Ivan Garcia, Havana, 8 February 2015 — No one wants to know him except the readers of his blogs. Jose Varela is out there on his own. He is the type of humorist that public figures from both sides of the Florida Straits want to keep at a distance, the farther the better.
He is an outlaw squared. The Cuban regime has tried to co-opt his posts and cartoons when they ridicule dissidents. But when Varela trains his canons on the Palace of the Revolution, the curtain of censorship comes down.
Word has it he lives on a farm outside of Miami and that in 2006 — I do not know why — he broke into the offices of El Nuevo Herald, where he worked as a cartoonist, with a toy machine gun.
It was like a movie. News of the event made it all the way to Havana. “Pepe Varela got all hot and bothered. After a dirty trick by the Herald’s editors, he held the paper hostage. The riot police had to intervene. I love his blog. It’s irreverent and quite funny. On top of that, he writes well. That’s a lot to ask these days,” says a neighborhood friend who lives in Hialeah.
The first time I heard about Varela was in 2009. I had a blog on a website run by Yoani Sanchez called Voces Cubanas (Cuban Voices). One night someone mentioned that Varela had telephoned Sanchez asking if he could interview her or just meet her.
She turned him down. He was known to take pot shots at her in his posts (and still does). Some said he was with State Security, the perfect pretext in both Cuba and Miami for dismissing free thinkers and guys who are out there in left field.
I started reading his posts out of professional curiosity. They are written in the style typical of emails, without capital letters or proper punctuation. They are well-paced and entertaining, and anyone might end up being the target of his biting sarcasm.
For some time now a Google banner has warned visitors to his site that they are entering “enemy territory,” an affront to America’s vaunted freedom of speech.*
Neither the Inter American Press Association nor Reporters Without Borders nor any of the other high priests of press freedom has condemned this act of censorship by the U.S. search engine.
Varela could make a killing if he invoked the Fifth Amendment. Like it or not, he is an American citizen who pays his taxes.
It is quite understandable that a blog like his would be banned in Cuba. The country’s military rulers don’t have much of a sense of humor.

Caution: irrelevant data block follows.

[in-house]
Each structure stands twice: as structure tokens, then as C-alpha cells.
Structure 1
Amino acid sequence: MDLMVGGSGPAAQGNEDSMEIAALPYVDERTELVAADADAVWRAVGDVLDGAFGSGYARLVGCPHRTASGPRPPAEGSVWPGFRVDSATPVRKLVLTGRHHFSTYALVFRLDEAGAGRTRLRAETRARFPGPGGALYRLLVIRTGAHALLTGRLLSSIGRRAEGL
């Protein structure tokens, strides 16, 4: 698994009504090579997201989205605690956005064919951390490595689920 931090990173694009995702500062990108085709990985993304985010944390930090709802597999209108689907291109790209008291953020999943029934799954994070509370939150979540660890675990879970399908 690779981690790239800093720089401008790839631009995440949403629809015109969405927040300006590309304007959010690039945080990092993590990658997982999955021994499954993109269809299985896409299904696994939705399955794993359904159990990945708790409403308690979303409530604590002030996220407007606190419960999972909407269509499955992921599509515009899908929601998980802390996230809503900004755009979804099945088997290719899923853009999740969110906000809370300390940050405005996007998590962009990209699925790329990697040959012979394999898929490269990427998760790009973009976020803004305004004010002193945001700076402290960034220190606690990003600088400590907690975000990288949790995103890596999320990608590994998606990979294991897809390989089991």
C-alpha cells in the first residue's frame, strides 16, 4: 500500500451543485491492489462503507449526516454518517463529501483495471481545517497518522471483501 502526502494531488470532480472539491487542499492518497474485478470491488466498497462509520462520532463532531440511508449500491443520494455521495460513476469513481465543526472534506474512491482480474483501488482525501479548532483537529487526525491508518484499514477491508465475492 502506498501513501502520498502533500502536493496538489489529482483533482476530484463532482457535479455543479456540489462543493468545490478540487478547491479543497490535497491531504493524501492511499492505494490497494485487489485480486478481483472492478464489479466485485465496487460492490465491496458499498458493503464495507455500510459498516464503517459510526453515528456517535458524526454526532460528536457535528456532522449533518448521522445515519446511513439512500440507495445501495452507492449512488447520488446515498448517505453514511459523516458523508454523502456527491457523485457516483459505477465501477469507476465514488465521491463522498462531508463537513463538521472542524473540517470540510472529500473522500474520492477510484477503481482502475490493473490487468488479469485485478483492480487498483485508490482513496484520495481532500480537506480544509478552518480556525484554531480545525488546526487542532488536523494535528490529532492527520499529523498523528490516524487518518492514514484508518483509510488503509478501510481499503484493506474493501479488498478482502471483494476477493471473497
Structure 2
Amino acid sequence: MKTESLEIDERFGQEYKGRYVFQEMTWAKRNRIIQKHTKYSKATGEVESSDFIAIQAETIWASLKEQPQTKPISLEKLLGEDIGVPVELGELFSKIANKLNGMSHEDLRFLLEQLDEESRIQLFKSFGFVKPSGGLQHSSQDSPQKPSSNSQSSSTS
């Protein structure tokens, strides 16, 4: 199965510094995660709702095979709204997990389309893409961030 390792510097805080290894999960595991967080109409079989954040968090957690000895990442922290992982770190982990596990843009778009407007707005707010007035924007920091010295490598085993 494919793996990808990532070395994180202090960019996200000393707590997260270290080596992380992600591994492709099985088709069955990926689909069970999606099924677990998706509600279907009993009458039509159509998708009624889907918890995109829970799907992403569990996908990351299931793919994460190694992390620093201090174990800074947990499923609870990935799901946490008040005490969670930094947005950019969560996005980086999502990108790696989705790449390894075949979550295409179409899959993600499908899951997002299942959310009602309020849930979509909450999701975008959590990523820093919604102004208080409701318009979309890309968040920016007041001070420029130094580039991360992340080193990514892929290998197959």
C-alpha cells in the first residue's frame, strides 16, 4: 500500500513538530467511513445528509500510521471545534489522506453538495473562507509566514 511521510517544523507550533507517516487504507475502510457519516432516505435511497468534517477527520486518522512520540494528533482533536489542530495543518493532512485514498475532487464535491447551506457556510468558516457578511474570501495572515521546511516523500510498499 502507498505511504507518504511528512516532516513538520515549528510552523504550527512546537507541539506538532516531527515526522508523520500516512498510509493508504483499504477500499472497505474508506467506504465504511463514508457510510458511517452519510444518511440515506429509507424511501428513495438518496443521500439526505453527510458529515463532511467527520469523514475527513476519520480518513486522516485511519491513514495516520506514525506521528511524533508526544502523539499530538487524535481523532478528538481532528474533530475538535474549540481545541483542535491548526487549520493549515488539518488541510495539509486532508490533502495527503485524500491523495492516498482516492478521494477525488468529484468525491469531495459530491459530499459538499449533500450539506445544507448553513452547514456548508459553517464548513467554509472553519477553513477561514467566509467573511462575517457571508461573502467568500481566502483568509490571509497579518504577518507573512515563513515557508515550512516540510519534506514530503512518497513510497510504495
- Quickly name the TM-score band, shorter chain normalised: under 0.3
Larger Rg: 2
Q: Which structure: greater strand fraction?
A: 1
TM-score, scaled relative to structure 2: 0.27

Political satire on the island is banned. In fact, the first press outlet to be banned — it happened in 1960 — was a weekly humor magazine: Zig Zag.
This reached an extreme in the 1980s when a cartoonist from the newspaper Granma was fired for showing a skull with a pirate’s hat in the middle of a photo of Fidel Castro. When the page was held up to the light, the overlay became visible.
It was probably a fatal coincidence that cost this man his job and several hours of interrogation by scowling counterintelligence officials.
In Cuba officials rarely smile, not even for the camera, but they are very adept at discerning insults or jokes considered “counter-revolutionary.”
Being a humorist in Cuba is an act of masochism. You have to craft jokes with double meanings if you want to escape the party’s guillotine.
The New Man that Che Guevara and Fidel Castro tried to create was a robot who killed yankees, planted bananas and worked as a volunteer without pay. Dancing to guaguanco, being unfaithful, reading novels and Corin Tellado and following major league baseball were petit bourgeois pursuits.
For a Cuban dissident to be considered a democrat, he presumably must defend freedom of expression and accept figures like Varela.
After the attack in Paris on the magazine Charlie Hebdo, the government and the opposition in Cuba denounced the savage murder of twelve people, including several of the publication’s cartoonists.
It was an empty gesture because neither the regime nor the dissidents tolerate criticism or jokes at their expense.
There is a Cuban Charlie Hebdo. His name is Jose Varela. He laughs at everyone. He lives on the other side of the pond and his weapon is his pen.
Translator’s note: In the U.S. a visit to the cartoonist’s blog site begins with a content warning that states, “Some readers of this blog have contacted Google because they believe this blog’s content is objectionable. In general, Google does not review nor do we endorse the content of this or any blog.” To enter the site, readers must then click a button that reads, “I understand and I wish to continue.”